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dc.contributor.authorHugh, EJ
dc.contributor.authorMitchell, Geoffrey K
dc.contributor.authorNikles, Jane
dc.contributor.authorCarmont, Sue-Ann
dc.contributor.authorSchluter, Philip J
dc.contributor.authorCurrow, David C
dc.contributor.authorVora, Rohan
dc.contributor.authorYelland, Michael J
dc.contributor.authorAgar, Meera
dc.contributor.authorGood, Phillip D
dc.contributor.authorHardy, Janet R
dc.date.accessioned2017-08-09T22:28:54Z
dc.date.available2017-08-09T22:28:54Z
dc.date.issued2013
dc.date.modified2014-06-11T03:10:31Z
dc.identifier.issn1472-684X
dc.identifier.doi10.1186/1472-684X-12-17
dc.identifier.urihttp://hdl.handle.net/10072/54727
dc.description.abstractBackground: It is estimated that 29% of deaths in Australia are caused by malignant disease each year and can be expected to increase with population ageing. In advanced cancer, the prevalence of fatigue is high at 70–90%, and can be related to the disease and/or the treatment. The negative impact of fatigue on function (physical, mental, social and spiritual) and quality of life is substantial for many palliative patients as well as their families/carers. Method/design: This paper describes the design of single patient trials (n-of-1 s or SPTs) of a psychostimulant, methylphenidate hydrochloride (MPH) (5 mg bd), compared to placebo as a treatment for fatigue, with a population estimate of the benefit by the aggregation of multiple SPTs. Forty patients who have advanced cancer will be enrolled through specialist palliative care services in Australia. Patients will complete up to 3 cycles of treatment. Each cycle is 6 days long and has 3 days treatment and 3 days placebo. The order of treatment and placebo is randomly allocated for each cycle. The primary outcome is a reduction in fatigue severity as measured by the Functional Assessment of Cancer Therapy-fatigue subscale (FACIT-F). Secondary outcomes include adverse events, quality of life, additional fatigue assessments, depression and Australian Karnovsky Performance Scale. Discussion: This study will provide high-level evidence using a novel methodological approach about the effectiveness of psychostimulants for cancer-related fatigue. If effective, the findings will guide clinical practice in reducing this prevalent condition to improve function and quality of life.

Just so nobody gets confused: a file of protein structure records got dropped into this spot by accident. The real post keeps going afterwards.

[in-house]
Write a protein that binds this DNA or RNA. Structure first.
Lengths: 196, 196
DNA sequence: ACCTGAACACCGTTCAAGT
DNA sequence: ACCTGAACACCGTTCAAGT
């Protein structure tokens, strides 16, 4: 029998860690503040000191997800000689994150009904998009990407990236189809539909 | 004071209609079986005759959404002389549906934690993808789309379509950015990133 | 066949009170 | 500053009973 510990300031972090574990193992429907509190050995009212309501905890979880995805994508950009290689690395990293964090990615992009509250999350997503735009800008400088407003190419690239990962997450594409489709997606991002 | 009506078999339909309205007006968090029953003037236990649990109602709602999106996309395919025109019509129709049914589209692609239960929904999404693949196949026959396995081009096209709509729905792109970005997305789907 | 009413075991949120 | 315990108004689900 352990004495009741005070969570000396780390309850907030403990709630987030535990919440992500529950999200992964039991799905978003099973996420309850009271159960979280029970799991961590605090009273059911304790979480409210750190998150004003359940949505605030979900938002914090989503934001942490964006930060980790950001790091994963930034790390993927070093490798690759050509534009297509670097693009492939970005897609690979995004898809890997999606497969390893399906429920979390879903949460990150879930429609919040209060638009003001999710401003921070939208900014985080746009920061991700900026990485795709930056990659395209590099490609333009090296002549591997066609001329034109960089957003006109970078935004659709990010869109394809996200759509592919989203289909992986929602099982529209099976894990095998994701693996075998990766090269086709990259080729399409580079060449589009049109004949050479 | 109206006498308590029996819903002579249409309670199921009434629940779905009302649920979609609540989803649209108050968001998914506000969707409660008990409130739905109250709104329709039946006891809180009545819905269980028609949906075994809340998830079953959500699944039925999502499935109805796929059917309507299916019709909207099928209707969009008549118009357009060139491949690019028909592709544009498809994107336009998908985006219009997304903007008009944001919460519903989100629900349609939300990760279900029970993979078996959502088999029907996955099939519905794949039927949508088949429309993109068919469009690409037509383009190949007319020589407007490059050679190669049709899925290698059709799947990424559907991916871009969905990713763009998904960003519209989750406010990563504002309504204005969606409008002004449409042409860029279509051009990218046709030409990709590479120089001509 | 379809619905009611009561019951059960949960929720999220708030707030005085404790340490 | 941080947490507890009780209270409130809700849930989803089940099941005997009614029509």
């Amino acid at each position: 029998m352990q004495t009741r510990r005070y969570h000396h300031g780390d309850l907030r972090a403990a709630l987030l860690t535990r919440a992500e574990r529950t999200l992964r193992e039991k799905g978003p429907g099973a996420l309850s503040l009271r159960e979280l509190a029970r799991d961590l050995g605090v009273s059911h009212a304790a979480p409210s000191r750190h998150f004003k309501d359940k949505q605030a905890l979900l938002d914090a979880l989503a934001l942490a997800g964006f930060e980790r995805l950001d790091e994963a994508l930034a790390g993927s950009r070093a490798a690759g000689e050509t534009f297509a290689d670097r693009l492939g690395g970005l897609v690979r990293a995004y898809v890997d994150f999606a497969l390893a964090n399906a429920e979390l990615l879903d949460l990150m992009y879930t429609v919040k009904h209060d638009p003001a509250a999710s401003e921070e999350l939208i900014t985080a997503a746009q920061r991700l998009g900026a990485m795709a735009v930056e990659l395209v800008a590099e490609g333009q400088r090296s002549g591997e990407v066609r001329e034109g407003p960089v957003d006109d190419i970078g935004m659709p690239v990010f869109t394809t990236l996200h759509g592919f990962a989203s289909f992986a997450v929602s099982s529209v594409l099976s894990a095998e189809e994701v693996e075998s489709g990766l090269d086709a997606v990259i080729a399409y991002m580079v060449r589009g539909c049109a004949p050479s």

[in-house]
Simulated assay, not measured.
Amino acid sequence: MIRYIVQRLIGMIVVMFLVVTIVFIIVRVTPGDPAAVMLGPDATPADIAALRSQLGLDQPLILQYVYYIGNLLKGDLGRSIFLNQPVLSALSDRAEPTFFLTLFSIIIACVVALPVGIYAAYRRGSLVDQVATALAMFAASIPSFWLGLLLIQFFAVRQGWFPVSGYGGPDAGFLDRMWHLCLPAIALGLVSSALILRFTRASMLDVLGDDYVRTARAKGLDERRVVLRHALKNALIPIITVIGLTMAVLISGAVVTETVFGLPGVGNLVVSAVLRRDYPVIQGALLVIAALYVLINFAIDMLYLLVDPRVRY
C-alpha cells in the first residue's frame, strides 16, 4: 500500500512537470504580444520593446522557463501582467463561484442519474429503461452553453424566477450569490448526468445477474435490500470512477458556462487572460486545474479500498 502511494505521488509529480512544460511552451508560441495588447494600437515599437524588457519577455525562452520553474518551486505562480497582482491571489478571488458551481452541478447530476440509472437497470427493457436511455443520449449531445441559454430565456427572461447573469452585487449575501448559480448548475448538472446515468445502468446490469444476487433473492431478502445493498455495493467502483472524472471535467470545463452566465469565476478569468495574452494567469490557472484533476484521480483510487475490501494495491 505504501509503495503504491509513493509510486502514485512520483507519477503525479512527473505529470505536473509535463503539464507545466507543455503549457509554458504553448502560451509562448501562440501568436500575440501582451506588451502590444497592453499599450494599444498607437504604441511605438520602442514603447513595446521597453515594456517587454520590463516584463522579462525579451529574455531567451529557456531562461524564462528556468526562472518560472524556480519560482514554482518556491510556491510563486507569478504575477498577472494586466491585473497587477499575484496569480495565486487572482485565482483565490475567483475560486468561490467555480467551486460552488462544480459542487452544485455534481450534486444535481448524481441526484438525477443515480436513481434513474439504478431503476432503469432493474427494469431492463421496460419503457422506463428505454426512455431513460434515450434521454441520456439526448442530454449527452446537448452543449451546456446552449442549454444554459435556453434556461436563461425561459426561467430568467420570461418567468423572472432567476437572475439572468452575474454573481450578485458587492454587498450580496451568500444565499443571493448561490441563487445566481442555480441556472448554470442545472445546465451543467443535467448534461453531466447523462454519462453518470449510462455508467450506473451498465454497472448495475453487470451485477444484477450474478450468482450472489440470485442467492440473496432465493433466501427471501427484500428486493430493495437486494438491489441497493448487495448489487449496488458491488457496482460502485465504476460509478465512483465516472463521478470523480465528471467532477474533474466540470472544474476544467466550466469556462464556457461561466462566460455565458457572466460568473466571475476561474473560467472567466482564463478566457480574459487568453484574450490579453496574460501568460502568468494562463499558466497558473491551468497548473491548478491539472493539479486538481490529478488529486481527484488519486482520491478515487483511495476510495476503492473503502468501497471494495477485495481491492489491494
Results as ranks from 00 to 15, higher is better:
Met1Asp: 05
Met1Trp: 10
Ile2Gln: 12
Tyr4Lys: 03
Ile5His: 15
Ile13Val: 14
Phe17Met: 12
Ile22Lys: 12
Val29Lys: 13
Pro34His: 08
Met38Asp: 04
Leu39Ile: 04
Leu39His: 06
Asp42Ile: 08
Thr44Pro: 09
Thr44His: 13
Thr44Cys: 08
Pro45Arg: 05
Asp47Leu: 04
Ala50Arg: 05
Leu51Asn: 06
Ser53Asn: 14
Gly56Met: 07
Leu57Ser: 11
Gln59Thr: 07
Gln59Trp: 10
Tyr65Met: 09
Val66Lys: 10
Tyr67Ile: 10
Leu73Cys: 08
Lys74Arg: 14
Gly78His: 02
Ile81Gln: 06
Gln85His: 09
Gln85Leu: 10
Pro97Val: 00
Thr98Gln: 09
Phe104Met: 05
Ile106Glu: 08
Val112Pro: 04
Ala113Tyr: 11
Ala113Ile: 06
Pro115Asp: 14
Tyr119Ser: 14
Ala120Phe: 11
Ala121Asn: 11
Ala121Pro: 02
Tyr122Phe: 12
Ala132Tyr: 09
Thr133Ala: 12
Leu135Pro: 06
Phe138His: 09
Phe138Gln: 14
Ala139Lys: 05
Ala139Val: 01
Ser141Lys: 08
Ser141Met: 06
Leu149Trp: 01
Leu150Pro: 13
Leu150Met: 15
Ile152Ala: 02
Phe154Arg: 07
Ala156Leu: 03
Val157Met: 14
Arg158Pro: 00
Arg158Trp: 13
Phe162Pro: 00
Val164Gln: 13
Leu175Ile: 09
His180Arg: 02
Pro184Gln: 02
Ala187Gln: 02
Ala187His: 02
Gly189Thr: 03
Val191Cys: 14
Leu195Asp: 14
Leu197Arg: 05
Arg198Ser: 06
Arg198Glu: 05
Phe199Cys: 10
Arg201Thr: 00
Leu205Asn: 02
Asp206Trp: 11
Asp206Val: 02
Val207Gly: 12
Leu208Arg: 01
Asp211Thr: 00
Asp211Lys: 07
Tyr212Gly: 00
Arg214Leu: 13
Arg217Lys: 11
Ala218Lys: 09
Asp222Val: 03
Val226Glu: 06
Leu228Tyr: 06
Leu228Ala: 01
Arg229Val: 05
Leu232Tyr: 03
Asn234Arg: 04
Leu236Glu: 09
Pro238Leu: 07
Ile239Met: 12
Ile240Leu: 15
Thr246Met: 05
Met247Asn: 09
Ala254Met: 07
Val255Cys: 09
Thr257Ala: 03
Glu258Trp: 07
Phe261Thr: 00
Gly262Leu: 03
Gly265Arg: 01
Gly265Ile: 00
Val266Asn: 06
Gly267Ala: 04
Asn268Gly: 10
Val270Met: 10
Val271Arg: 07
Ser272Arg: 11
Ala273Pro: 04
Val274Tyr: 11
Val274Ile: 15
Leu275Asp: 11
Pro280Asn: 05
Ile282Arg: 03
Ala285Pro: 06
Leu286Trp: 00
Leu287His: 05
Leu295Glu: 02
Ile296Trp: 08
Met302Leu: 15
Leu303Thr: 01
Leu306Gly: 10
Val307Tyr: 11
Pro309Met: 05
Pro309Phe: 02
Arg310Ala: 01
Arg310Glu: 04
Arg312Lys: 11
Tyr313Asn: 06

dc.description.peerreviewedYes
dc.description.publicationstatusYes
dc.format.extent268130 bytes
dc.format.mimetypeapplication/pdf
dc.languageEnglish
dc.language.isoeng
dc.publisherBioMed Central
dc.publisher.placeUnited Kingdom
dc.relation.ispartofstudentpublicationN
dc.relation.ispartofpagefrom17-1
dc.relation.ispartofpageto17-6
dc.relation.ispartofjournalBMC Palliative Care
dc.relation.ispartofvolume12
dc.rights.retentionY
dc.subject.fieldofresearchMedical and Health Sciences not elsewhere classified
dc.subject.fieldofresearchNursing
dc.subject.fieldofresearchPublic Health and Health Services
dc.subject.fieldofresearchcode119999
dc.subject.fieldofresearchcode1110
dc.subject.fieldofresearchcode1117
dc.titleUsing aggregated single patient (N-of-1) trials to determine the effectiveness of psychostimulants to reduce fatigue in advanced cancer patients: a rationale and protocol
dc.typeJournal article
dc.type.descriptionC1 - Articles
dc.type.codeC - Journal Articles
dcterms.licensehttp://creativecommons.org/licenses/by/2.0
gro.description.notepublicPage numbers are not for citation purposes. Instead, this article has the unique article number of 17.
gro.rights.copyright© 2013 Senior et al; licensee BioMed Central Ltd. This is an Open Access article distributed under the terms of the Creative Commons Attribution License (http://creativecommons.org/licenses/by/2.0), which permits unrestricted use, distribution, and reproduction in any medium, provided the original work is properly cited.
gro.date.issued2013
gro.hasfulltextFull Text
gro.griffith.authorYelland, Michael


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